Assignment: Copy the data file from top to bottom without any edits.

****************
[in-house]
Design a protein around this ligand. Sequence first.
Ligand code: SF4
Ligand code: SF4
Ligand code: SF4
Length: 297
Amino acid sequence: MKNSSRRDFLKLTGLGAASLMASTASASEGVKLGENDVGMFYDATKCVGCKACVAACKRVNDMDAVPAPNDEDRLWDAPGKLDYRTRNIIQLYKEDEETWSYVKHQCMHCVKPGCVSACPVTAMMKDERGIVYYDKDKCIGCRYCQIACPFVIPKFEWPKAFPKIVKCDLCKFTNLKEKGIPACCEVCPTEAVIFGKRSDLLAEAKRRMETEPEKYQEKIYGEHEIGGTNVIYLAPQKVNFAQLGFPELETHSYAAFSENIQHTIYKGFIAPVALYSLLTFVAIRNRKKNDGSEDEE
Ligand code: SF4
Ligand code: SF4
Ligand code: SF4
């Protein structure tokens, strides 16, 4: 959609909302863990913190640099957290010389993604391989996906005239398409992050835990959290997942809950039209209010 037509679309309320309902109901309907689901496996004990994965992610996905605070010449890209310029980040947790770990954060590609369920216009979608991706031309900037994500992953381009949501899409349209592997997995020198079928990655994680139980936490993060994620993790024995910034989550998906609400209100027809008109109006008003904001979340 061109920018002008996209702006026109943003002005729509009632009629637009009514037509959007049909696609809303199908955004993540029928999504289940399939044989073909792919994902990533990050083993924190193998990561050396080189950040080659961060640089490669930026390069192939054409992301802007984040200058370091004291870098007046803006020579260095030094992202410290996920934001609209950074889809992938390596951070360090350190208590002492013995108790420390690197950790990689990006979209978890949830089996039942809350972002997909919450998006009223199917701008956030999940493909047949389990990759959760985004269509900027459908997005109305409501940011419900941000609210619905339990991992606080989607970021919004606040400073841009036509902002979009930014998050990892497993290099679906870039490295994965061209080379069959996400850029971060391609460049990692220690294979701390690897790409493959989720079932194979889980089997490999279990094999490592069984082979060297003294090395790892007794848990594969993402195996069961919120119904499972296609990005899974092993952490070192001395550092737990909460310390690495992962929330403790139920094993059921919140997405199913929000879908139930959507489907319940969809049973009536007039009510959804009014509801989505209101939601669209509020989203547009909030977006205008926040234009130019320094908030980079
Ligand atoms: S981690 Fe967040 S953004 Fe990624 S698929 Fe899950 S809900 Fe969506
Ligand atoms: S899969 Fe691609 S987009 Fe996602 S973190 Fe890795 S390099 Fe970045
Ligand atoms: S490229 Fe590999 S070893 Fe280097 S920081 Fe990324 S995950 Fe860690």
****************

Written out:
[in-house]
Design a protein around this ligand. Sequence first.
Ligand code: SF4
Ligand code: SF4
Ligand code: SF4
Length: 297
Amino acid sequence: MKNSSRRDFLKLTGLGAASLMASTASASEGVKLGENDVGMFYDATKCVGCKACVAACKRVNDMDAVPAPNDEDRLWDAPGKLDYRTRNIIQLYKEDEETWSYVKHQCMHCVKPGCVSACPVTAMMKDERGIVYYDKDKCIGCRYCQIACPFVIPKFEWPKAFPKIVKCDLCKFTNLKEKGIPACCEVCPTEAVIFGKRSDLLAEAKRRMETEPEKYQEKIYGEHEIGGTNVIYLAPQKVNFAQLGFPELETHSYAAFSENIQHTIYKGFIAPVALYSLLTFVAIRNRKKNDGSEDEE
Ligand code: SF4
Ligand code: SF4
Ligand code: SF4
């Protein structure tokens, strides 16, 4: 959609909302863990913190640099957290010389993604391989996906005239398409992050835990959290997942809950039209209010 037509679309309320309902109901309907689901496996004990994965992610996905605070010449890209310029980040947790770990954060590609369920216009979608991706031309900037994500992953381009949501899409349209592997997995020198079928990655994680139980936490993060994620993790024995910034989550998906609400209100027809008109109006008003904001979340 061109920018002008996209702006026109943003002005729509009632009629637009009514037509959007049909696609809303199908955004993540029928999504289940399939044989073909792919994902990533990050083993924190193998990561050396080189950040080659961060640089490669930026390069192939054409992301802007984040200058370091004291870098007046803006020579260095030094992202410290996920934001609209950074889809992938390596951070360090350190208590002492013995108790420390690197950790990689990006979209978890949830089996039942809350972002997909919450998006009223199917701008956030999940493909047949389990990759959760985004269509900027459908997005109305409501940011419900941000609210619905339990991992606080989607970021919004606040400073841009036509902002979009930014998050990892497993290099679906870039490295994965061209080379069959996400850029971060391609460049990692220690294979701390690897790409493959989720079932194979889980089997490999279990094999490592069984082979060297003294090395790892007794848990594969993402195996069961919120119904499972296609990005899974092993952490070192001395550092737990909460310390690495992962929330403790139920094993059921919140997405199913929000879908139930959507489907319940969809049973009536007039009510959804009014509801989505209101939601669209509020989203547009909030977006205008926040234009130019320094908030980079
Ligand atoms: S981690 Fe967040 S953004 Fe990624 S698929 Fe899950 S809900 Fe969506
Ligand atoms: S899969 Fe691609 S987009 Fe996602 S973190 Fe890795 S390099 Fe970045
Ligand atoms: S490229 Fe590999 S070893 Fe280097 S920081 Fe990324 S995950 Fe860690």